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General News Thu, 26 Sep 2019

Ghanaians don't know me well enough – David Adjaye

Renowned architect, Sir David Adjaye, has opened up months after criticisms that his company, Sir David Adjaye and Associates, has been awarded governments iconic projects.

The Ghanaian-British architect is sometimes saddened by claims made against his business, particularly by local architects that his company was favoured in the award of those contracts by the state.

Adjaye’s company has recently won separate contracts for the architectural design of at least three government projects – National Cathedral, New Parliament Complex and Accra’s Marine Drive.

But some local architects have expressed reservations about the manner in which the contracts were awarded to persons or groups who are not recognised by the Ghana Institute of Architects -- in contravention of the law.

However, Sir David Adjaye, who is celebrated globally as one of the most influential architects of his generation, said Thursday, September 26, he breached no rules in securing the projects.

“Why do you think somebody of my calibre would come into Ghana and not have a licence? Am I suddenly not professional anymore after I have to work at the highest level everywhere…why would I not bring that excellence to Ghana,” he quizzed Johnny Hughes, host of TV3’s New Day programme.

“I don’t think my country knows me yet and I …understand that they don’t know what I’ve done yet and I hope that they will soon see what I’m capable of doing,” he added.

Renowned architect, Sir David Adjaye, has opened up months after criticisms that his company, Sir David Adjaye and Associates, has been awarded governments iconic projects.

The Ghanaian-British architect is sometimes saddened by claims made against his business, particularly by local architects that his company was favoured in the award of those contracts by the state.

Adjaye’s company has recently won separate contracts for the architectural design of at least three government projects – National Cathedral, New Parliament Complex and Accra’s Marine Drive.

But some local architects have expressed reservations about the manner in which the contracts were awarded to persons or groups who are not recognised by the Ghana Institute of Architects -- in contravention of the law.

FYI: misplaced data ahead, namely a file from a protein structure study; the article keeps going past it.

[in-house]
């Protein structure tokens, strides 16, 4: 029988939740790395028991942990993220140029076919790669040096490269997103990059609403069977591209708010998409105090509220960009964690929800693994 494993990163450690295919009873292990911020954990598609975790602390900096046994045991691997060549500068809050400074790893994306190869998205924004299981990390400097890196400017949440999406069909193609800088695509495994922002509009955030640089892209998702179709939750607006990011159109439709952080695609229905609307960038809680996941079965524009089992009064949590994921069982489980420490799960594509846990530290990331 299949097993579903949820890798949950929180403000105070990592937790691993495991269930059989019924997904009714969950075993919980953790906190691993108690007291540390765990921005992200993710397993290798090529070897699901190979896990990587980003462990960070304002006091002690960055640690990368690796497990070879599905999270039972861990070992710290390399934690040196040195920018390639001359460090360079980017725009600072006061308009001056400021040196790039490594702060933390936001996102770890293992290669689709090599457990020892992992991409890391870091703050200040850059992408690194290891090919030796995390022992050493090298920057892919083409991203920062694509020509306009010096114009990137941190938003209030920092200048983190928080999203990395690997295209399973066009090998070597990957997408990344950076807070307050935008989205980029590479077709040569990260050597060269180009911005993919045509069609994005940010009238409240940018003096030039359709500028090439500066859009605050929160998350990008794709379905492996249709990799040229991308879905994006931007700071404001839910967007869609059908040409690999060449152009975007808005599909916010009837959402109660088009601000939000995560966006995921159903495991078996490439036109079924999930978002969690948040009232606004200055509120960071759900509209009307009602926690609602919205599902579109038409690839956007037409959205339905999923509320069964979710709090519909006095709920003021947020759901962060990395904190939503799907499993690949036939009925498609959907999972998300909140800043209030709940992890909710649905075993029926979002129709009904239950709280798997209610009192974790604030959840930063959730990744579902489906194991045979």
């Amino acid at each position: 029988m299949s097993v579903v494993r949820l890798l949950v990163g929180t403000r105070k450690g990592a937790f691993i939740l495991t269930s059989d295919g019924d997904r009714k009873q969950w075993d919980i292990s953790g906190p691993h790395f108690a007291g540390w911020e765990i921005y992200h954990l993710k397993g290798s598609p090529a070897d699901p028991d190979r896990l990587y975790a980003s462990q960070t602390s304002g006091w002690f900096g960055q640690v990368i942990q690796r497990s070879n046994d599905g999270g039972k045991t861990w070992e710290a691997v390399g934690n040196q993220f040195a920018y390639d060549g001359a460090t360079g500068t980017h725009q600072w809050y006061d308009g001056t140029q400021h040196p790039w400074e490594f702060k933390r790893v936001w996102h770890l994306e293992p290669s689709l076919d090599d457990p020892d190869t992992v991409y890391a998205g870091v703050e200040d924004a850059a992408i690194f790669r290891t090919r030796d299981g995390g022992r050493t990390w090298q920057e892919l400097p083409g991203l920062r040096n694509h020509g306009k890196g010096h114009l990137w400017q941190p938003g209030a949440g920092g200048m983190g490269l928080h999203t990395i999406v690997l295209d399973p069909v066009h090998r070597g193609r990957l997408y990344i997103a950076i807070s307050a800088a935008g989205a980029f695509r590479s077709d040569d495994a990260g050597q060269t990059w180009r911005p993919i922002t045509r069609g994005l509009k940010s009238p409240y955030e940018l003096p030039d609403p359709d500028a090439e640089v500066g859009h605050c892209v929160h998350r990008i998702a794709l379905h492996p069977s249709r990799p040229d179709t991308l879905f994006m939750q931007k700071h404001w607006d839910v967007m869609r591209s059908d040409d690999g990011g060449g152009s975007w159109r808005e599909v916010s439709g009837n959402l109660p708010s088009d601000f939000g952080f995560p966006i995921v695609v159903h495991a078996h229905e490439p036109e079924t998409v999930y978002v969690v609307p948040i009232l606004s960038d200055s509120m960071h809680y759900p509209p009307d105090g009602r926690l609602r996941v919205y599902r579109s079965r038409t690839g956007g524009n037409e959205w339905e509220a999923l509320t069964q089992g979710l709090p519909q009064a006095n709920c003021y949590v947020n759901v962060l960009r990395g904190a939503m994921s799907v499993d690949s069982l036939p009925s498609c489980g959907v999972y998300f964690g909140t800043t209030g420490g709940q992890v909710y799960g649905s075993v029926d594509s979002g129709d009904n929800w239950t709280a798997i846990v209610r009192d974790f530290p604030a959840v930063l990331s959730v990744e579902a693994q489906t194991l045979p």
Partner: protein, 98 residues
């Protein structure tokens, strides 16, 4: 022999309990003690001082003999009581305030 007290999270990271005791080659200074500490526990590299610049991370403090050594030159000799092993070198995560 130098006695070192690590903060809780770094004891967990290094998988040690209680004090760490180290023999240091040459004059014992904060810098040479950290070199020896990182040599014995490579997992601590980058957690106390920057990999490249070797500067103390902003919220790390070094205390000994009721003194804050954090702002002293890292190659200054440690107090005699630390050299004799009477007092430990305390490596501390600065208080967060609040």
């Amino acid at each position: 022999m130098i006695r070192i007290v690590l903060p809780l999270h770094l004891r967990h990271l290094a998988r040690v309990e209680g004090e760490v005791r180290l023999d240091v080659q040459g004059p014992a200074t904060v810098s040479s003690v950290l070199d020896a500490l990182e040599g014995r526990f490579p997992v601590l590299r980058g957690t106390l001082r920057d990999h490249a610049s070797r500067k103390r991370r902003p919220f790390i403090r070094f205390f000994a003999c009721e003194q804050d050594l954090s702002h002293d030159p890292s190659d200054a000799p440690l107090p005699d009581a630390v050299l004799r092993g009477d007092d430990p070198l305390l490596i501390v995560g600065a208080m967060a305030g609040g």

However, Sir David Adjaye, who is celebrated globally as one of the most influential architects of his generation, said Thursday, September 26, he breached no rules in securing the projects.

“Why do you think somebody of my calibre would come into Ghana and not have a licence? Am I suddenly not professional anymore after I have to work at the highest level everywhere…why would I not bring that excellence to Ghana,” he quizzed Johnny Hughes, host of TV3’s New Day programme.

“I don’t think my country knows me yet and I …understand that they don’t know what I’ve done yet and I hope that they will soon see what I’m capable of doing,” he added.

Nonetheless, the man who has been in practice in Europe and North America for more than two decades is hopeful that his story as well as his works, will inspire young Ghanaians to do greater things in the future.

Accra’s outdated models

Touching on redeveloping Ghana, especially the capital, Accra with 21st Century designs, Sir Adjaye advised city authorities to take into consideration several other environmental factors apart from putting up beautiful edifices.

“I think that we’ve become more concerned about the look of the building than what the building does,” he observed.

Before putting up those structures, the architect recommends to city authorities to look beyond the environment within which the project has been marked for construction, improve the immediate adjacencies, ensure the sustainability of the project and cater for the communities that are being displaced as a result of the project.

“These are very important things to consider beyond making a shiny building which people have understood now in making cities all around the world,” he said.

Multi-faith site in Abu Dhabi

He also spoke about the landmark project his company recently won in the United Arab Emirates that includes a church, mosque, and synagogue.

The development, known as ‘The Abrahamic Family House’, will be located on Abu Dhabi’s Saadiyat Island in close proximity to the Jean Nouvel-Designed Louvre Abu Dhabi.

He said the project, hopes to embody the relationship between the three faiths while providing a platform for dialogue, understanding, and coexistence.

Commissioned by the Pope, Imam and Rabi (Higher Committee for Human Fraternity), the Abrahamic Family House is a collection of three religious spaces, a mosque, a synagogue, and a church, which sit upon a secular visitor pavilion.

He explained that the project is one of the first initiatives set by the Higher Committee, a new body that is overseeing the implementation of the ‘Document of the Human Fraternity’ - a document backed by religious leaders that addresses how people of different faiths can live together harmoniously.

Source: Myjoyonline.com
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